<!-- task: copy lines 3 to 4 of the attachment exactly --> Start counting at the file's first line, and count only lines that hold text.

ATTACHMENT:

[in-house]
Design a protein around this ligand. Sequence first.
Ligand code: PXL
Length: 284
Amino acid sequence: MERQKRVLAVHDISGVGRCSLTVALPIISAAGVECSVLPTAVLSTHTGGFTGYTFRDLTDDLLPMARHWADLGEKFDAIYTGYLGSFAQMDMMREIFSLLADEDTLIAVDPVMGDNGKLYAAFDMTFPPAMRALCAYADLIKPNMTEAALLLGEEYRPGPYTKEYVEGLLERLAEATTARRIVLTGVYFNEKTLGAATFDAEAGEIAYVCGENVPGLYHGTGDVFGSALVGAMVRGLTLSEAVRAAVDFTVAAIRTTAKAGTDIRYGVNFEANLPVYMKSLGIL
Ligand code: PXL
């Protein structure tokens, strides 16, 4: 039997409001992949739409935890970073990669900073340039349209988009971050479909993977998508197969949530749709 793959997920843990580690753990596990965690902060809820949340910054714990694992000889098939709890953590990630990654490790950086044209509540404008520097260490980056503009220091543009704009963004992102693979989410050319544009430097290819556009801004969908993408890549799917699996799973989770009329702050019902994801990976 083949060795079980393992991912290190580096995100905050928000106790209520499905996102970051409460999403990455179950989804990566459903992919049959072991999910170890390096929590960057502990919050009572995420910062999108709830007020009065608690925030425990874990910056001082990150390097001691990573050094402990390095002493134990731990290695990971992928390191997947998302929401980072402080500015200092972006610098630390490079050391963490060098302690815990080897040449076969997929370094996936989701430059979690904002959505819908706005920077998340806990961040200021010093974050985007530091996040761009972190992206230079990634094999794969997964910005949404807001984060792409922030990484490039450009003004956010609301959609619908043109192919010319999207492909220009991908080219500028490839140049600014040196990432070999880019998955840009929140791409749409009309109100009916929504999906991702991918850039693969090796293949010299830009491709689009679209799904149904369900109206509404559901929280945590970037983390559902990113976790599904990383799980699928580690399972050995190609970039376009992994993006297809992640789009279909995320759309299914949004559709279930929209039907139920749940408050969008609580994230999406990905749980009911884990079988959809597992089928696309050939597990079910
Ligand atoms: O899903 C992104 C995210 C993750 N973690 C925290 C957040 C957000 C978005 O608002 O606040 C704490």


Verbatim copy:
Ligand code: PXL
Length: 284